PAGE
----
As rates rise, will your savings account be left behind?
Every time the Federal Reserve raises the federal funds rate, it causes ripple effects in the financial world.
For some consumers, such as those with credit card debt, the impact can be negative.
But during most rate hike cycles, those with savings accounts benefit. A rise in the federal funds rate almost always results in a rise in savings account rates.
Maybe not this time, though. Although the Federal Reserve is expected to raise rates multiple times this year — likely starting next month — your savings account rate might not move much, according to a new report in The Wall Street Journal.
According to the WSJ:
“Banks have little incentive to increase the interest they pay on deposits because [bank customers] just don’t need the money. Government stimulus measures have ballooned Americans’ bank account balances and businesses are teeming with cash.
Total deposits in US commercial banks jumped to $18.1 trillion, according to the newspaper. Just before the pandemic, they were only $13.3 trillion.
The WSJ reports that in the coming months, banks will likely try to boost profits on loans, which plunged when the Federal Reserve cut rates to near zero as the pandemic hit.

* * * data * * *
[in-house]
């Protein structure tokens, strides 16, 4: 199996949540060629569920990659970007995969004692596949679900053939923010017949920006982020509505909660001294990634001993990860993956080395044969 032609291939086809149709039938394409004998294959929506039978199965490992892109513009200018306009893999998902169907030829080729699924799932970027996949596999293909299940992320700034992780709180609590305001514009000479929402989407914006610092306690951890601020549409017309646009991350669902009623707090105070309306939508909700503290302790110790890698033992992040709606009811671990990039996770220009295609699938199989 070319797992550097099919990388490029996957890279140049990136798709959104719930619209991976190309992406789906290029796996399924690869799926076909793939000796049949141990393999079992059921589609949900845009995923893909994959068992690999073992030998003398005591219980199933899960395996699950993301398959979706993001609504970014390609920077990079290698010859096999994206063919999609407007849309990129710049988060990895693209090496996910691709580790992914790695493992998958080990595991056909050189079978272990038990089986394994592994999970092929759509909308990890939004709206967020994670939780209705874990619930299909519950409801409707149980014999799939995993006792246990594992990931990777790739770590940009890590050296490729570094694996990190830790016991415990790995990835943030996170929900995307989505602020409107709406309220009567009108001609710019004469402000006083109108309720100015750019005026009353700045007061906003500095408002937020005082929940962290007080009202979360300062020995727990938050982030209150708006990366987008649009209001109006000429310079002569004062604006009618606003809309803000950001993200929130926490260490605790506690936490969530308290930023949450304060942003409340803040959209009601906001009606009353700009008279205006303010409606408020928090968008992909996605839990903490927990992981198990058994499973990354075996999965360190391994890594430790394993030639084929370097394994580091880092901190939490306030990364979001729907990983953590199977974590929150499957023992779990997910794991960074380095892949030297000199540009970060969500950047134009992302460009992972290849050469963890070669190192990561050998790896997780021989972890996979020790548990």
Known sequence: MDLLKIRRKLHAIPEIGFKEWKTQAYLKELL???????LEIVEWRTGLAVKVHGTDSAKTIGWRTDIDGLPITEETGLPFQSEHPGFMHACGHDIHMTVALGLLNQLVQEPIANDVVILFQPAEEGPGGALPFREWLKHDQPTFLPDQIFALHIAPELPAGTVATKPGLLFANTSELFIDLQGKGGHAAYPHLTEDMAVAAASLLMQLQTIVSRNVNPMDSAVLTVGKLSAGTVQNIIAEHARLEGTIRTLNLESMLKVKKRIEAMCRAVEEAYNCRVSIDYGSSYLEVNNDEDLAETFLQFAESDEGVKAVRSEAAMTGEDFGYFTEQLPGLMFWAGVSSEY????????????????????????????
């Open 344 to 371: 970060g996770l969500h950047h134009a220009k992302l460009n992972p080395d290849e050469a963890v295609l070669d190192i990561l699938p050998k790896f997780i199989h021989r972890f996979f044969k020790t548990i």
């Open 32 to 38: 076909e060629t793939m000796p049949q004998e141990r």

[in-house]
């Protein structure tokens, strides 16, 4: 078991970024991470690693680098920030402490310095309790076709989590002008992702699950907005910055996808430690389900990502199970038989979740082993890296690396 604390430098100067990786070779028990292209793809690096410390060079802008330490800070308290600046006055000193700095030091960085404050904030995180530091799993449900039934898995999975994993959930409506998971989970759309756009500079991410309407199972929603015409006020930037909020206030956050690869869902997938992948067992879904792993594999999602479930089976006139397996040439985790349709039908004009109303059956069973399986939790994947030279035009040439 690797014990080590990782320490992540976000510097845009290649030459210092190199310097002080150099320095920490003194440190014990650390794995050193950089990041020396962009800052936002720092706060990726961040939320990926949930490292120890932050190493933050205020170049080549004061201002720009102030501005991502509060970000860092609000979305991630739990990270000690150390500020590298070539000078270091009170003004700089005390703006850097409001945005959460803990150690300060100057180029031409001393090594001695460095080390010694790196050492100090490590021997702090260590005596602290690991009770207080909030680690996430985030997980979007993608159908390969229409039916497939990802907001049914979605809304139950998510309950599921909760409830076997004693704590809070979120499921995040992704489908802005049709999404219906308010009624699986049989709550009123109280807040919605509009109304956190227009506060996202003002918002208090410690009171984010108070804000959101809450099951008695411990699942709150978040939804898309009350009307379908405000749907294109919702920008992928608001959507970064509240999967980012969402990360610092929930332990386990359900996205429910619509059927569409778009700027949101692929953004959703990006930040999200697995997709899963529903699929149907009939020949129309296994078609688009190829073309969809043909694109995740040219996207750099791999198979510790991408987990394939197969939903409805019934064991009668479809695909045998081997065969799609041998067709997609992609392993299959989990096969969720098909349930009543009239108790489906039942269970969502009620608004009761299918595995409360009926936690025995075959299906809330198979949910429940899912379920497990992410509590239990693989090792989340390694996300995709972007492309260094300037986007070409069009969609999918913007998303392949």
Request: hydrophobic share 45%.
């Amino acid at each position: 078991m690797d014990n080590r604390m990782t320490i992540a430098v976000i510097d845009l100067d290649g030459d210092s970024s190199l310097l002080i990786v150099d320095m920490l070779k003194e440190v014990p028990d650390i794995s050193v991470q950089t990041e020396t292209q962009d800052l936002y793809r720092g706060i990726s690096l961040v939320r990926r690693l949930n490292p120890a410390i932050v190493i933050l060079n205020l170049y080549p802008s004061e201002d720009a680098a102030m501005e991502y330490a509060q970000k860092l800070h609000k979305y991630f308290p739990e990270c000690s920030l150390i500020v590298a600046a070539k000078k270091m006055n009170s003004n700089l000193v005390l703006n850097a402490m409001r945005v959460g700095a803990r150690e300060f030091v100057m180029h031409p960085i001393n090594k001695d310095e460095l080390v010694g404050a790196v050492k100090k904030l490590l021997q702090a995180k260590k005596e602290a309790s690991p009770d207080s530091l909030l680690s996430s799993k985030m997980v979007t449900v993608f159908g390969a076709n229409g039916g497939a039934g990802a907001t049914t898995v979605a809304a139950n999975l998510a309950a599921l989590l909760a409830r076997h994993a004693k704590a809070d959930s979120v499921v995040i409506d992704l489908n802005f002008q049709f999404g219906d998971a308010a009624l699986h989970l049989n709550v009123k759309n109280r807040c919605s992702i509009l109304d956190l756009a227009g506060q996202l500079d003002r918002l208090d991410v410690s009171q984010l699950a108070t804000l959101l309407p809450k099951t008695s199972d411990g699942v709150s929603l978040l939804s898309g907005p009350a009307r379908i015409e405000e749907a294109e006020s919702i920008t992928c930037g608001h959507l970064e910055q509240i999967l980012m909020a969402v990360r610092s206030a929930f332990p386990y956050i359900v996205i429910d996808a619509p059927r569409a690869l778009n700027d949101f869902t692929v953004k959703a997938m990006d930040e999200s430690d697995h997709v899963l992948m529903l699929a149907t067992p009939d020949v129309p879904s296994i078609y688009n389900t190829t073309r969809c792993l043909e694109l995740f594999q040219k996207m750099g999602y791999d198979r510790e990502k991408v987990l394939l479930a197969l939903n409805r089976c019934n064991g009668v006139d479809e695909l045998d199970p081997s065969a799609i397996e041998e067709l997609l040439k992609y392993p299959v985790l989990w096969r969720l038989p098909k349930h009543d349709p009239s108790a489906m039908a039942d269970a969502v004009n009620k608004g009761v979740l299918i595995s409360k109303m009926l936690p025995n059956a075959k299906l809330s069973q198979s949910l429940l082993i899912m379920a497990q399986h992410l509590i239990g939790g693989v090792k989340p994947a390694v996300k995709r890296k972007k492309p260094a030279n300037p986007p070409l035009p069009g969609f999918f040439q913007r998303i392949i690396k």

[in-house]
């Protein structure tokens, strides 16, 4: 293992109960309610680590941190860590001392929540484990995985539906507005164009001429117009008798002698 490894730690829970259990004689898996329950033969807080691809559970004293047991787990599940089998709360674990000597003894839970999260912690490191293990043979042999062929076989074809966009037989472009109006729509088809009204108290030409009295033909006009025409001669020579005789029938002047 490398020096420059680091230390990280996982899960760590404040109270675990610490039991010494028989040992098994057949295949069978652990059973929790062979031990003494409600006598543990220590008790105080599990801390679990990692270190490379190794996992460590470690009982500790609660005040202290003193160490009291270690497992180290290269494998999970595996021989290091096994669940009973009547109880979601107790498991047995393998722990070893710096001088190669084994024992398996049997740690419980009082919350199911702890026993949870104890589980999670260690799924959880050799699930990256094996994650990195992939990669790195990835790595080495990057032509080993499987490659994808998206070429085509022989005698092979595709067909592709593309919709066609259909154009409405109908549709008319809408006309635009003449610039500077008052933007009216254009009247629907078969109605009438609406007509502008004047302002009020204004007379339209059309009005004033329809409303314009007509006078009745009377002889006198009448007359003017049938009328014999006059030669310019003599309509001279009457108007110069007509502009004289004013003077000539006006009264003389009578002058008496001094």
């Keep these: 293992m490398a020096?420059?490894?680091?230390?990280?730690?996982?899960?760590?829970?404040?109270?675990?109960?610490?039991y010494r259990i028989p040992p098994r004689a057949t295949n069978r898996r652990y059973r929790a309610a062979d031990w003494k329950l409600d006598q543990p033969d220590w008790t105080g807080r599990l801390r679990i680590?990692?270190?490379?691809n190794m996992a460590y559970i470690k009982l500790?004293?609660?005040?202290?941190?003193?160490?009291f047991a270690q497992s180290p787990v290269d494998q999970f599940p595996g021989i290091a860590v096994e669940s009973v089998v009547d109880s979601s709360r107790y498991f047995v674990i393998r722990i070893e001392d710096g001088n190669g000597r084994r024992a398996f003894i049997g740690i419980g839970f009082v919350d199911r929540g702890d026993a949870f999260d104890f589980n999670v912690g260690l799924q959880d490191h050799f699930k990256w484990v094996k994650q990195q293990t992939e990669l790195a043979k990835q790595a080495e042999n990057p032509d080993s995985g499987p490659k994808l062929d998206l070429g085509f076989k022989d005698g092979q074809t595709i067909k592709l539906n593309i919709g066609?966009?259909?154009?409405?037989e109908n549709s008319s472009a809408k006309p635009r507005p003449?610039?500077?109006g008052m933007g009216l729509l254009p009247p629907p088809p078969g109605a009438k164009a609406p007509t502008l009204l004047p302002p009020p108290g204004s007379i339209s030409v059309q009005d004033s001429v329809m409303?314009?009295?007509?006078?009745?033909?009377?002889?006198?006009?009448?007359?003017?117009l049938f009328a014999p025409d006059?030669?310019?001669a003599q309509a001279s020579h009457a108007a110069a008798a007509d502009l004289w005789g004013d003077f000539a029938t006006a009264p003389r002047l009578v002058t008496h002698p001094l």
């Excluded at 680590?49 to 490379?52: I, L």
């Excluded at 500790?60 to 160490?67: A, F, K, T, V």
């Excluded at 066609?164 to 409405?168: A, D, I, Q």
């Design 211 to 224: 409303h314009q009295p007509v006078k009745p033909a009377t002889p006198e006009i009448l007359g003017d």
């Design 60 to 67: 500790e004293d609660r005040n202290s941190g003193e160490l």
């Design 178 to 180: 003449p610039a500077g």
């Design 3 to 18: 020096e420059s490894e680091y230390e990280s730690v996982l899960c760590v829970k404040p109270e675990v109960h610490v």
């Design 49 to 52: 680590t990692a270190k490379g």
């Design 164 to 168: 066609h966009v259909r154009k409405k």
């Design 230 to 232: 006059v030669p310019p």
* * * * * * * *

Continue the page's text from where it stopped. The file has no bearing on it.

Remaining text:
Meanwhile, raising rates on savings accounts is nowhere on the agenda, at least for now, according to a WSJ roundup of banks’ recent quarterly earnings calls. .
When will savings account rates increase? The WSJ says that once banks start raising more money from making new loans, they’ll likely start raising deposit rates as well.
What does this mean to you
If you’ve been patiently waiting for the day your savings account rate will rise, you may be disappointed.
But that doesn’t mean you have to give up on getting better returns on your money.
As we reported, Series I Savings Bonds currently pay 7.12% risk-free. For more on these bonds – and their pros and cons – check out “This Risk-Free Bond Now Pays 7.12%”.
If you prefer to keep your money in banks and credit unions, stop by Money Talks News Solution Center and find a great savings account rate or a great rate on a CD.
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